In the wide operational framework of the Project for Infrastructure and Strategic Strengthening of the Somali National University, sponsored and funded by the Italian Agency for Development Cooperation (AICS), we can find the UNS4 Programme, aimed at reconstructing the Gahayr Campus of Mogadishu and coordinated by the Politecnico di Milano.
Rendering of the Gahayr Campus
The original campus was built between the 1970s and 1980s according to an agreement between the Italian government and the then Transitional Federal Government of Somalia based on the adaptation of a project developed by architects Lodovico Quaroni and Salvatore Dierna. However, after the tragic civil war that shook the nation, very little remains of the original structure, apart from the so-called Faculty Buildings, which are currently in poor condition. In any case, these buildings have undeniable value and are examples of the designers’ style, but also morphologically and technologically modulated according to the context. They were designed based on an ante litteram bioclimatic approach, which includes appropriate guidelines for balancing light and heat, sun protection and internal openings for natural ventilation. Obviously, given the lack of means and energy resources, sustainability ahead of its time was the only possible solution back then.
The new campus designed by the Politecnico di Milano will include the Rectorate building, seven faculties (Engineering, Economics, Agriculture, Veterinary, Law, Natural Sciences and Social Sciences), residences for students and teachers, services and sports facilities, as well as open spaces for agricultural and zootechnical activities. The construction of this campus is expected in the next decade, according to a progressive logic, to the extent of hosting about 20,000 students in its final structure. The first step of the operation consisted in a scrupulous feasibility study for the rehabilitation and functional reuse of the remaining buildings. As part of the retrofit project, blueprints and internal layout have not been significantly modified, except for merging some spaces to better respond to modern educational needs. Furthermore, the buildings have been equipped with stairs and external walkways that allow the use of upper terraces, where, in addition to photovoltaic roofs, wind microgenerators and air conditioning systems, there will be open-air classrooms and study spaces.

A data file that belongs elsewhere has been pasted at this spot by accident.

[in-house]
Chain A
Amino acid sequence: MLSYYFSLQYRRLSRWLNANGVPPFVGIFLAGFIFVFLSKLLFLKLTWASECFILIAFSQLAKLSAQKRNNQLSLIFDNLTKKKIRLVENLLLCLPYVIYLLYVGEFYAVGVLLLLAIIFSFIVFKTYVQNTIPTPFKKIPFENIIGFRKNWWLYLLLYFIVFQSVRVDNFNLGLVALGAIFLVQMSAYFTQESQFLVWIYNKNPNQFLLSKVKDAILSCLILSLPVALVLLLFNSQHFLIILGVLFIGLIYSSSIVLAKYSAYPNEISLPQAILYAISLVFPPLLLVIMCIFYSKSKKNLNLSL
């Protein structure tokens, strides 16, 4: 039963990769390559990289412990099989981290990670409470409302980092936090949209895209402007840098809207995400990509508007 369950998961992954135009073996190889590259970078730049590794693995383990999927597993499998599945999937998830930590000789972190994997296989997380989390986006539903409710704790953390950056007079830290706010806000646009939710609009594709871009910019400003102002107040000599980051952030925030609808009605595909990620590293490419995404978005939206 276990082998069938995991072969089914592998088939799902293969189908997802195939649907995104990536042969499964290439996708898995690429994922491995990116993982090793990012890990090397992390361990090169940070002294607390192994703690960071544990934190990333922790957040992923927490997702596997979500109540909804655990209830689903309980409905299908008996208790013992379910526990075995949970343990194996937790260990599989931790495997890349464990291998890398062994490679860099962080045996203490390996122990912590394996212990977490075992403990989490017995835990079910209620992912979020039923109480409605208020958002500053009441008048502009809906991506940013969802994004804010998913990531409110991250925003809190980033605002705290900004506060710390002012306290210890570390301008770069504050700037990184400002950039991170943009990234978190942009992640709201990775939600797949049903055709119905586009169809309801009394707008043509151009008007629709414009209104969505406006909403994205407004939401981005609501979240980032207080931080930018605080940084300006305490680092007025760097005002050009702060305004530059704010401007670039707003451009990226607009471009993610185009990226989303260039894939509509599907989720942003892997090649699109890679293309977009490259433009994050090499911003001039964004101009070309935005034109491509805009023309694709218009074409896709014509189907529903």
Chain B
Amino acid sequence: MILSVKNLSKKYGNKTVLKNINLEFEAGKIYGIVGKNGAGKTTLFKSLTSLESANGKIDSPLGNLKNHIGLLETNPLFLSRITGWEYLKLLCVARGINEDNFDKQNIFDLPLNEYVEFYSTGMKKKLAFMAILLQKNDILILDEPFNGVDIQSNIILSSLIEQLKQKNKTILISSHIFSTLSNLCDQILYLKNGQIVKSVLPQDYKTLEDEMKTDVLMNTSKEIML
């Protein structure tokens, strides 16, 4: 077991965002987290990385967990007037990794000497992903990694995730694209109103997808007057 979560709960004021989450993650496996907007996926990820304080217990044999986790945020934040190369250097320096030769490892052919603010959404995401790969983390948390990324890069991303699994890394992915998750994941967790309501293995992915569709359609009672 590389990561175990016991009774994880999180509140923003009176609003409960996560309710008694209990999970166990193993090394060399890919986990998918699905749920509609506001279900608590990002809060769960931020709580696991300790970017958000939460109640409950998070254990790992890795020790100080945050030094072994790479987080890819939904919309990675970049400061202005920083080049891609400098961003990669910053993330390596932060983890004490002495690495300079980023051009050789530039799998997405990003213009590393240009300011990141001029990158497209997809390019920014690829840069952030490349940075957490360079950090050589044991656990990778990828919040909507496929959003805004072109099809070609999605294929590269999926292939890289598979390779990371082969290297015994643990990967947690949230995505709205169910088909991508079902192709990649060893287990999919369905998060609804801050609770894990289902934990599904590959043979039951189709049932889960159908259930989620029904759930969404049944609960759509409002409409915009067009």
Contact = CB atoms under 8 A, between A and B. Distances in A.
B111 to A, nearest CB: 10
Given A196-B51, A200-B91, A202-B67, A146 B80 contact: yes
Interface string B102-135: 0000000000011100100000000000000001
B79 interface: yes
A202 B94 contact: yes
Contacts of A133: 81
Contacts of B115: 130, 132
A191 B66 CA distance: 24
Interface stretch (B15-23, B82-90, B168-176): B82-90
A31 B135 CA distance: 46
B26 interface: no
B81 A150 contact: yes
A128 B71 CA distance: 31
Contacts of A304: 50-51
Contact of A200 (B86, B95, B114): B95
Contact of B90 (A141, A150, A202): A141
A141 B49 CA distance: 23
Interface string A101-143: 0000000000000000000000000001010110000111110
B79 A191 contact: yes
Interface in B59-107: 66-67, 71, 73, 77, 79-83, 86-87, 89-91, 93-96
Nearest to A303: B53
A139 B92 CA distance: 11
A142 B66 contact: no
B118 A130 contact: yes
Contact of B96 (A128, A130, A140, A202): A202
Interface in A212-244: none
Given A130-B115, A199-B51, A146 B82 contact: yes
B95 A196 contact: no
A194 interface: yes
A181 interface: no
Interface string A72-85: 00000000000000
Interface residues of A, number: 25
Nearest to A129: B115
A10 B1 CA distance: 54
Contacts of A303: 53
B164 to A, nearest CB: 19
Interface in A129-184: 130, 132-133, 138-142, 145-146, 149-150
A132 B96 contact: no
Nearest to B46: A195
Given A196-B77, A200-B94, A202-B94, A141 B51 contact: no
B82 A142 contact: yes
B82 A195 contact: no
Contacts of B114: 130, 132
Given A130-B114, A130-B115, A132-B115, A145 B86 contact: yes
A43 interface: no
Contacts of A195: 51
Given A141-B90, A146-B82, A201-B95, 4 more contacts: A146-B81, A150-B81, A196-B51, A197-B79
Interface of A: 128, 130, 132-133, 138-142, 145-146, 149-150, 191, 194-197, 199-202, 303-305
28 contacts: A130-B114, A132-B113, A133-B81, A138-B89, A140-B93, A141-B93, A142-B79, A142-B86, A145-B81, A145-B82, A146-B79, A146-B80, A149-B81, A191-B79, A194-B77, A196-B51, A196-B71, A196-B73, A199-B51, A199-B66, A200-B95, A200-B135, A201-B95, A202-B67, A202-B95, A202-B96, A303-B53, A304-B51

The new architectural concept was developed in order to guarantee adequate levels of internal comfort, while minimising energy consumption, according to the following principles: maximising the microclimate resilience of buildings, through passive solutions aimed at limiting the penetration of heat from the outside, controlling the inflow of solar radiation, promoting natural ventilation, dehumidifying the air; adopting high efficiency technical systems and advanced control systems, through the use of hybrid air conditioning systems, capable of synergistically exploiting natural ventilation, air conditioning with high efficiency heat pumps and ceiling fans; maximising the production of renewable energy on site (through photovoltaic and wind systems) and self-consumption, to completely cover or even exceed the total energy demand with the minimum exchange with the public grid.
The whole project was developed in the name of sustainable architecture, not declared or heralded, as often happens, but effective, practical, concrete and rooted in the context. Construction materials, techniques, traditions and practices, interrelations between the site and the climate, minimisation of impacts and conscious exploitation of natural resources have all been considered pivotal elements,
studied in detail and adapted to specific needs. The evaluations carried out indicated that the productivity from renewable sources will be able to cover more than 100 percent of the total electricity consumption of each building, while any surplus will be fed into the local grid, to the advantage of neighbouring users. Among other details of excellence, the realisation of a series of Zero Energy Buildings in an African context, characterised by innumerable fragilities, can certainly be considered a successful goal achieved by our cooperation.
A presentation of the project can be found in the information booklet .